SA’s season enough to drive fans to drink

Sunday Times


SA have endured a dry season in whites and they were scarcely semi-sweet in the other formats. The World T20 is still raw but the unpalatable truth is that they have played below what they are considered to be for most of the season.

The first-round exit from the WT20 has left sourness in South Africans’ mouths that will linger. But the sobering truth is that the 2015-16 vintage is plonk, good enough to swell a papsak and not much more.

Played 41, won 20, lost 17, drew four – SA’s record in all formats starting with the tour to Bangladesh in July – is the stuff of mediocrity. It is not the story of a team at or near the apex of the international game.

That they were among the last four teams standing at the World Cup last March and, officially, the best test side as recently as January are mere memories now.

Russell Domingo is at the centre of all that, the name on the curled lips of many. It’s his fault, the refrain goes, him and his coach-by-numbers approach and his record of zero first-class – nevermind international – matches played.

Domingo is too easy a target, not least because he is seen in certain quarters as an undeserving beneficiary of affirmative action. 

Funny how no-one thought of pointing out anything of the sort when he guided SA to victory in a World Cup knockout game for the first time against Sri Lanka in Sydney last March.

But that was then. This is now. As the coach Domingo is the designated statue for the birds to aim at when things go wrong.

Not that what the rest of us think should matter too much. Are his players happy, Domingo was asked when SA returned home from the WT20.

“The team buy into exactly the way things are happening at the moment,” he said. “As far as I can see, it’s a pretty happy team. I know the players support me, I have got a very good relationship with the players.

“There are always going to be coaches who lose games at World Cups. The management we have put together is as as good as any in the world. I am pretty confident it’s the right management team to take the team forward.” 

Domingo’s words shuddered with the angst of a man who can see the electric chair he is shuffling towards even as he wills the telephone on the wall to ring with a reprieve. But it’s too late for that. 

The nature of sport is cyclical. No team can keep winning forever, but it’s as if this SA team’s cycle was never completed. They went from its top to its bottom as if they had been tipped off the edge of a cliff.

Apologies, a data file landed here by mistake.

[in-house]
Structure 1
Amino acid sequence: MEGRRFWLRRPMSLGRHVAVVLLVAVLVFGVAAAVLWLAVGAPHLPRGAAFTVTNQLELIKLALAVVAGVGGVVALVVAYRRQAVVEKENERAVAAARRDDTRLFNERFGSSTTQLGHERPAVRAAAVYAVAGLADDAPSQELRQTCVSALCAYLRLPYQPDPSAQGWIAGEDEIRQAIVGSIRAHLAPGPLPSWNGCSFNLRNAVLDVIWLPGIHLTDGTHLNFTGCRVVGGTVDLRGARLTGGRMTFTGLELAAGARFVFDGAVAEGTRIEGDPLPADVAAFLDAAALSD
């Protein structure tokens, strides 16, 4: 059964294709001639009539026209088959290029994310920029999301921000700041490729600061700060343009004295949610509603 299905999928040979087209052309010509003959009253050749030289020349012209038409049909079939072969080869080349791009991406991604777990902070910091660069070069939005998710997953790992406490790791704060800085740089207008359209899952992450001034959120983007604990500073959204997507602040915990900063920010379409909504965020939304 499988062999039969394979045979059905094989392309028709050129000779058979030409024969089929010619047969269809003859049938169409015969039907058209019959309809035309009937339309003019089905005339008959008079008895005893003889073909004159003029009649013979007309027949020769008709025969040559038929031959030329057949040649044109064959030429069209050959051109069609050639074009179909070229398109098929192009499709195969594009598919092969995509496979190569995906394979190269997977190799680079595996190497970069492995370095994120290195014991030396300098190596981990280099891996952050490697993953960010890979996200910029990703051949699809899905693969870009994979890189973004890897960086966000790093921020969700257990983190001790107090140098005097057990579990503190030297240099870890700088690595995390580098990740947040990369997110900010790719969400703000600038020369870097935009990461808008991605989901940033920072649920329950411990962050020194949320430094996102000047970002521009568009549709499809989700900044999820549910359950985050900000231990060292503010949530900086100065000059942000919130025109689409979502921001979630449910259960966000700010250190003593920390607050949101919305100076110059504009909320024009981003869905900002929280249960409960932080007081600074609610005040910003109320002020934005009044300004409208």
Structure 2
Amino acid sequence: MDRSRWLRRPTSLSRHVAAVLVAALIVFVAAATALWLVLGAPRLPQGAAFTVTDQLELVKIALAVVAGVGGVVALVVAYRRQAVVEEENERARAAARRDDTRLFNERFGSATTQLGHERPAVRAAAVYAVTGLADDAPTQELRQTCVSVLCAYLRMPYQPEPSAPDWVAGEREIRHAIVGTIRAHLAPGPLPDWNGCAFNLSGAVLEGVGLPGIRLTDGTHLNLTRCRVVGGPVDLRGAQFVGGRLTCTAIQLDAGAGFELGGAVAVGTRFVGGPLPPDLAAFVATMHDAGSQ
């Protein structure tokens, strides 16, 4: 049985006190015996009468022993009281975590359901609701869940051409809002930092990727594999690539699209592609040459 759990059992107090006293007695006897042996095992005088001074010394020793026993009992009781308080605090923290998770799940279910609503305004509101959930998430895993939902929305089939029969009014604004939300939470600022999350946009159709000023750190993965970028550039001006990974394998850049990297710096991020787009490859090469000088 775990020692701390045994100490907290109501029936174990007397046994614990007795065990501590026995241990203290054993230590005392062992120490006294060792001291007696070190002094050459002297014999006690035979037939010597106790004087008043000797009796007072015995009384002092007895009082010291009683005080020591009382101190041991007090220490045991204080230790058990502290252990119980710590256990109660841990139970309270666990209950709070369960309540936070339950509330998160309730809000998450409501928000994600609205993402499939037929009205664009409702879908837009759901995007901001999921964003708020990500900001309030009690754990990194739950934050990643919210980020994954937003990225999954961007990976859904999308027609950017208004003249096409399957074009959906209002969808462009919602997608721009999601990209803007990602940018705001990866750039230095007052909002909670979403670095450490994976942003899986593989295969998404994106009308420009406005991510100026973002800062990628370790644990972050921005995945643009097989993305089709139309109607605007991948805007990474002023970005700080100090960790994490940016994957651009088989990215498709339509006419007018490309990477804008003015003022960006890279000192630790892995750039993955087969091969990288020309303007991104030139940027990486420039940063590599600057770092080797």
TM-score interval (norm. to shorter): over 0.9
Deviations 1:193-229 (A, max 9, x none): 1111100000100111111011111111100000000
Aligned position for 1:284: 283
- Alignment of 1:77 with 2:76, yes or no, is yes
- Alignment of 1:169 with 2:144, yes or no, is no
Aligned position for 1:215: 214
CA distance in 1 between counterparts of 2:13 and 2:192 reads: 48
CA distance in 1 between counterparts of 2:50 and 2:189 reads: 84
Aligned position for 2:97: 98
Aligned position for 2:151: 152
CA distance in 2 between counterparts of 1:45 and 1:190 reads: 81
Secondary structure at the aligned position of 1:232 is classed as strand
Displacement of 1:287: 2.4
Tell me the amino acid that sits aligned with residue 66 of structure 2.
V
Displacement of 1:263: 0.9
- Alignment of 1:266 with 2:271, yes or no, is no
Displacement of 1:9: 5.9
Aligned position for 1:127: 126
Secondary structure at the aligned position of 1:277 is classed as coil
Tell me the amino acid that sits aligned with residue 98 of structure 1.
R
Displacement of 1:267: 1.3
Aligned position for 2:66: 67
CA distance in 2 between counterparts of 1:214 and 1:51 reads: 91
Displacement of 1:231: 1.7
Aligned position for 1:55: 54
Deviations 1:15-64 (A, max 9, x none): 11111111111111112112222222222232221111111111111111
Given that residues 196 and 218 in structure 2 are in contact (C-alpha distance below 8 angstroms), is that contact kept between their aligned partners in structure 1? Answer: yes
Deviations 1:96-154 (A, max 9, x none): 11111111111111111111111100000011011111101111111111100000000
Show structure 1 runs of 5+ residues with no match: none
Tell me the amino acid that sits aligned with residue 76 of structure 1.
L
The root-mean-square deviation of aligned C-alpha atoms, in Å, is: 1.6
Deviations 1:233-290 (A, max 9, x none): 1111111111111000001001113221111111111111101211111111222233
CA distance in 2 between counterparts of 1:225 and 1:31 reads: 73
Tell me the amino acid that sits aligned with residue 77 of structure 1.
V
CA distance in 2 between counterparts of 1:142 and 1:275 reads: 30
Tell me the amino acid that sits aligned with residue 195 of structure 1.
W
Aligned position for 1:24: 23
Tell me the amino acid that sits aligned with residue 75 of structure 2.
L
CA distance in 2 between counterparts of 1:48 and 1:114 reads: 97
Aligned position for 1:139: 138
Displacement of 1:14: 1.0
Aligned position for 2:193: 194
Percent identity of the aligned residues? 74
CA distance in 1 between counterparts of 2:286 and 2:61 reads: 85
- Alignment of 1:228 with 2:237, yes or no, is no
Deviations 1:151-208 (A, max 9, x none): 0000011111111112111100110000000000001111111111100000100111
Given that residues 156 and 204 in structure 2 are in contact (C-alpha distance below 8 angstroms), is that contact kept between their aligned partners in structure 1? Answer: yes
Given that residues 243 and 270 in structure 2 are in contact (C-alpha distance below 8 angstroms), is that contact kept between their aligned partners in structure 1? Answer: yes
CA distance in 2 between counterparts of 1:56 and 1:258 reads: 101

It’s a long way down, and it promises to be an even longer way back up for a team who now know just how rudely and unexpectedly the bubble can be burst.

Remember the tour to Bangladesh? Specifically the one-day series? By then SA had won the T20 rubber 2-0, and handsomely. Another trophy was on the way in the ODIs, surely, and they duly won the first match.

That trophy never arrived in SA’s dressingroom. Somehow, they lost the last two matches. The ostriches looked deep into the sand and decided Bangladesh won because they had become a much better team. The converse was true: SA were already far from the team they used to be.

A rain-ruined test series left the point hanging as moot as an unanswered knock at the door. 

Back at home against New Zealand, SA shared the T20 rubber and won the ODIs. Normal service? Was that you knocking?

Hopes that that was the case grew when SA swept through India, winning both series in the short formats. Then came the tests …

Say what you will about India’s groundsmen cheating their team’s way to victory, or Ravichandran Ashwin’s mesmerising bowling, or Virat Kohli’s priceless ability to turn arrogance into bold decisions, SA’s shortcomings in all departments were glaring.

Just as they were in the home test series against England, who beat them properly. They took a little of the sting out of that defeat by emerging on top in the T20s and ODIs.

Then the Australians arrived to set the record straight in another T20 rubber, which they won with disturbing ease.

How easily? Easily enough to make you crack open a bottle of the good stuff and turn off the lights.


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